How To Compost at Home for a Sustainable Lifestyle

Learn about this eco-friendly waste treatment method with the duo behind Westside Compost.

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If watching eye-opening environmental documentaries has made you wonder what you can do to better protect and preserve our planet, one realistic change you can make is to lessen waste by starting to compost. The sustainable waste management technique is essentially the process of breaking down organic material and turning it into nutrient-rich soil. To learn more about this waste treatment method, we asked the co-founders of Los Angeles-based environmental initiative Westside Compost, Kaile Teramoto and Stacy Huynh, to share some tips for composting at home, in your garden or even your office.

A platform dedicated to educating people on the benefits of composting as well as other eco-friendly practices, Westside Compost hopes to close the food waste cycle by promoting re-soiling. While composting may seem high-maintenance and messy at first glance, according to Kaile and Stacy, it is surprisingly easy to do at home. With the co-founders’ tips and tricks shared with HYPEBAE, you’ll be able to figure out which type of composting method works best for your setting.

Continue reading to learn how you can make composting part of your routine on this Earth Day (April 22) and beyond.

What exactly does it mean to compost? 

Compost is decomposed organic material, while composting is the natural process of breaking down organic materials that turn into soil and can be re-soiled in our own yards, gardens or parts of the Earth that have been degraded by human activity. Compost can be done in any setting, and choosing the right type of composting method will depend on your living situation. Our favorite method is vermicomposting, which consists of carbons (browns/dry), macro-organisms (red wiggler worms) and nitrogen (greens/wet).

Why should I start composting?

To live a healthier lifestyle. Composting will help you become aware of what you are consuming, while promoting growing food locally and in your home. Composting also cuts back on food waste entering into the landfills, which releases greenhouse gases.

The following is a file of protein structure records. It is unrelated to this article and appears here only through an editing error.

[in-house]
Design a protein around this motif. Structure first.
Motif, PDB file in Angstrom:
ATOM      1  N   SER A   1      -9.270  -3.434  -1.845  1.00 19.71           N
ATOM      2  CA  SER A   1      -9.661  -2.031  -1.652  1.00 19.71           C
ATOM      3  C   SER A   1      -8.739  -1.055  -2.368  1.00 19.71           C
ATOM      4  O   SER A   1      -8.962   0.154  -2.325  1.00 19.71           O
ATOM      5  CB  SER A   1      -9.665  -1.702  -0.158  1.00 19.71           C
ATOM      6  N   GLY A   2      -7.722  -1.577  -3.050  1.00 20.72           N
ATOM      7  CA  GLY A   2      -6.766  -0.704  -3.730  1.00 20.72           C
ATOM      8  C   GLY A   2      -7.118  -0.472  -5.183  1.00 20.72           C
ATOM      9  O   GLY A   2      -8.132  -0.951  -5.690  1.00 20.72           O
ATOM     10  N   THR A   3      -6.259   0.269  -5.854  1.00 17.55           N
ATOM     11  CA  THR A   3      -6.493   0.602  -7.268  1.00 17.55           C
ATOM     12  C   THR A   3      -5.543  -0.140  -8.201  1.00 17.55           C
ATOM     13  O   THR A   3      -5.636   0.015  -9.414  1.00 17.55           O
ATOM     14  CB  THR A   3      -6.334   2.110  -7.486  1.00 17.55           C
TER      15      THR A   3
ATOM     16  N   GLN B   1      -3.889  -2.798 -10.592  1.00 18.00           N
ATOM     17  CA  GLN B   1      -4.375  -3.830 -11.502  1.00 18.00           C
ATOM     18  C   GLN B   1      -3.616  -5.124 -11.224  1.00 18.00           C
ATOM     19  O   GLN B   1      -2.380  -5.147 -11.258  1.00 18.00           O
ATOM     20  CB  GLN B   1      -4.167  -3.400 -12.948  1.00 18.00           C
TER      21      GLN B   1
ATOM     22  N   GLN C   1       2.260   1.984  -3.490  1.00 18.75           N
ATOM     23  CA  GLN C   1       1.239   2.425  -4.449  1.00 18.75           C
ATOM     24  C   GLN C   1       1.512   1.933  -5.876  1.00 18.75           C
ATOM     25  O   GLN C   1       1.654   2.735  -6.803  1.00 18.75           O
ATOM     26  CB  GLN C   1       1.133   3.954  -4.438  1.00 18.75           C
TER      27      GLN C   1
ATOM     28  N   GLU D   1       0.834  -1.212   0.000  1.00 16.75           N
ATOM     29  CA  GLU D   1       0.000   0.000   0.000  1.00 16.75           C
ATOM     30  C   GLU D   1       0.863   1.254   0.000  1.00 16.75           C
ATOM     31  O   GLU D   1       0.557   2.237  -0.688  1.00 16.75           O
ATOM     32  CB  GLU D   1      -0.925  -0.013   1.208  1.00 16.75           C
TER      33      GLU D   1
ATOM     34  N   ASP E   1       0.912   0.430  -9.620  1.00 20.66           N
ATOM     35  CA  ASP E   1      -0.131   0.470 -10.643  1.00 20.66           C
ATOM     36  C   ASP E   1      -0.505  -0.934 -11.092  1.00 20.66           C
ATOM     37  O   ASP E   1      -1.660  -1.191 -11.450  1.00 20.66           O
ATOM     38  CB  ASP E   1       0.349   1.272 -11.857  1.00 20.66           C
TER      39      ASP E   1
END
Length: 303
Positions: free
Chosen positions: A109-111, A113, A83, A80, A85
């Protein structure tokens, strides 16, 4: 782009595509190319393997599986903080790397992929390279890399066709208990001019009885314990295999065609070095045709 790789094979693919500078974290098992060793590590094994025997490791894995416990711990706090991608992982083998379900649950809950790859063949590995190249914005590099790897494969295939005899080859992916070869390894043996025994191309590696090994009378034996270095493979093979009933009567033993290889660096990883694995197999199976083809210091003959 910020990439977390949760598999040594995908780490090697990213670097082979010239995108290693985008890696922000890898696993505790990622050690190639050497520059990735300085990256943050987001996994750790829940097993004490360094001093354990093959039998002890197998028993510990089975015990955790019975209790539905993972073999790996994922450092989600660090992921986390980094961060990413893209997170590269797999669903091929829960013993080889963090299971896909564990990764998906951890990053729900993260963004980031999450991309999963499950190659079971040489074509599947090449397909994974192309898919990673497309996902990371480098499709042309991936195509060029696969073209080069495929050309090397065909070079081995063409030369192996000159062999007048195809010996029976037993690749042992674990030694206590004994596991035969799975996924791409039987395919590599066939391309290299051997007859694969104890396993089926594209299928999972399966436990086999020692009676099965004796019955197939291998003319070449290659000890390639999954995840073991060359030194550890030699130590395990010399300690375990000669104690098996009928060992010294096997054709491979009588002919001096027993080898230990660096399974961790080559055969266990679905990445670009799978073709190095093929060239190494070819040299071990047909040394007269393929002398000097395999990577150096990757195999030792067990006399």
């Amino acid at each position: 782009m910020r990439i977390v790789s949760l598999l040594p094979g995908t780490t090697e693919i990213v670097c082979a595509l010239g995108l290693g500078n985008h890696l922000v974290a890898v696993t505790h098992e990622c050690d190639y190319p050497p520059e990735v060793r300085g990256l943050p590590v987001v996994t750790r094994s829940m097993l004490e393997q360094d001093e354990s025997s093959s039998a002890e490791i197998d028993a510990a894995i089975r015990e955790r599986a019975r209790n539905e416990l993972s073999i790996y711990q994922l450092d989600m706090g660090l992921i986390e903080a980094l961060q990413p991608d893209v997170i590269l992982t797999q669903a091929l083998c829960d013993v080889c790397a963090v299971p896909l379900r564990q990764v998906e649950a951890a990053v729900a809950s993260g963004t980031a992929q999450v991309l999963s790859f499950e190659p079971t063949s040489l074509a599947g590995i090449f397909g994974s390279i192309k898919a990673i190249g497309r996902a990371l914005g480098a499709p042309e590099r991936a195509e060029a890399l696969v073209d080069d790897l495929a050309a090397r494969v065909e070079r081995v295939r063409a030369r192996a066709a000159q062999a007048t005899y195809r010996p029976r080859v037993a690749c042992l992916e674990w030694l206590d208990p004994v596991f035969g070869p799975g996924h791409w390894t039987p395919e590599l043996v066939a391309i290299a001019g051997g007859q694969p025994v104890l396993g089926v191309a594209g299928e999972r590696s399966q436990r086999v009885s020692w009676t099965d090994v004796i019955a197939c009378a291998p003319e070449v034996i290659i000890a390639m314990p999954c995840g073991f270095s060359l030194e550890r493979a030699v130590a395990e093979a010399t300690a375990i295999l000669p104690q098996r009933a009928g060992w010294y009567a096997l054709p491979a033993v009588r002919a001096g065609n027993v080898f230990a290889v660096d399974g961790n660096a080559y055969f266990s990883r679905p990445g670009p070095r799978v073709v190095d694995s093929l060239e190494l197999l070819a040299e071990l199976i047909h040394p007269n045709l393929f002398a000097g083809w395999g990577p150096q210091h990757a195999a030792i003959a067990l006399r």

What can you compost?

  • Organic materials
  • Greens, such as fruit and veggie scraps
  • Coffee grounds
  • Teabags
  • Tofu
  • Tempeh
  • Eggshells (shells only!)
  • Green leaves
  • Grass trimmings
  • Old flowers
  • Browns, such as nuts, shells (except walnuts), mulch, wood chips, dead leaves, sawdust, twigs
  • Newspaper
  • Shredded paper and unbleached paper

What should you not compost?

  • PLA Plastics (compostable plastics)
  • Plastics
  • Non-organic materials
  • Anything inorganic
  • Glass
  • Metal
  • Dairy products
  • Treated wood
  • Cat litter
  • Feces
  • Anything coated or containing harsh chemicals
  • Stickers and labels

What materials do you need to start composting?

Composting materials can differ depending on what type of method you choose, but for a vermicomposter, you need a bin of some sort (DIY wood or plastic bin). You want to make sure there is a removable lid, holes or spout at the top and bottom so that air can enter into the bin and run-off from the compost can drain. You’ll also need a good carbon base that could consist of shredded newspaper and dried leaves, organic dirt, coconut coir and so on. Lastly, you’ll need about 200 or more red wiggler worms depending on the size of your bin and chopped food scraps. Don’t forget to add wet paper or a cardboard cover to keep it nice and dark inside. It also helps retain moisture in the bin.


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What are the different types of composting?

You should choose a bin depending on your environment and what best suits your lifestyle. The options are endless in creating a composting space or bin. Get creative with what you have laying around your house – here are some examples.

The best options for limited space are the bokashi bin or vermicomposter. A cool way to reuse the liquid from your bokashi bin is to make bokashi tea, which works as great fertilizers for plants.

Will composting get messy or smelly and attract insects?

There’s no promise that it won’t. Knowing that composting is a natural process, it attracts other natural factors, including pests and insects. Having a good carbon to nitrogen ratio can help with that. Also, aerating the compost pile with a rake or fork can help. Some vermicompost bins will come with lids to keep certain pests out.

Composting Do’s and Don’ts


  • Put your compost bins in the shade especially for worm/vermicompost bins.
  • Put your food scraps in a kitchen pail to get in the habit of separating your food waste from other waste.
  • Keep a journal on your compost journey to understand your own composting process and experiment with ways that work best for you and your home.
  • Re-soil your compost into your own garden to close the food waste cycle in your own home.
  • Don’t give up — composting is just like a science experiment. You have to keep adjusting until you figure out your own best method. It requires your attention, but it will be a very fruitful process.
  • Always have some sort of cover over your compost pile, whether it be a tarp, cardboard, lid or wiring.


  • Don’t compost PLA plastics.
  • Don’t compost junk food.
  • Don’t compost acidic matter in worm bins.
  • Don’t expect it to work the first time around. Be open to the process.
  • Don’t add fish, meat, dairy products, bones, fatty foods or grease to your compost pile. These food scraps do not easily decompose and may attract animals.
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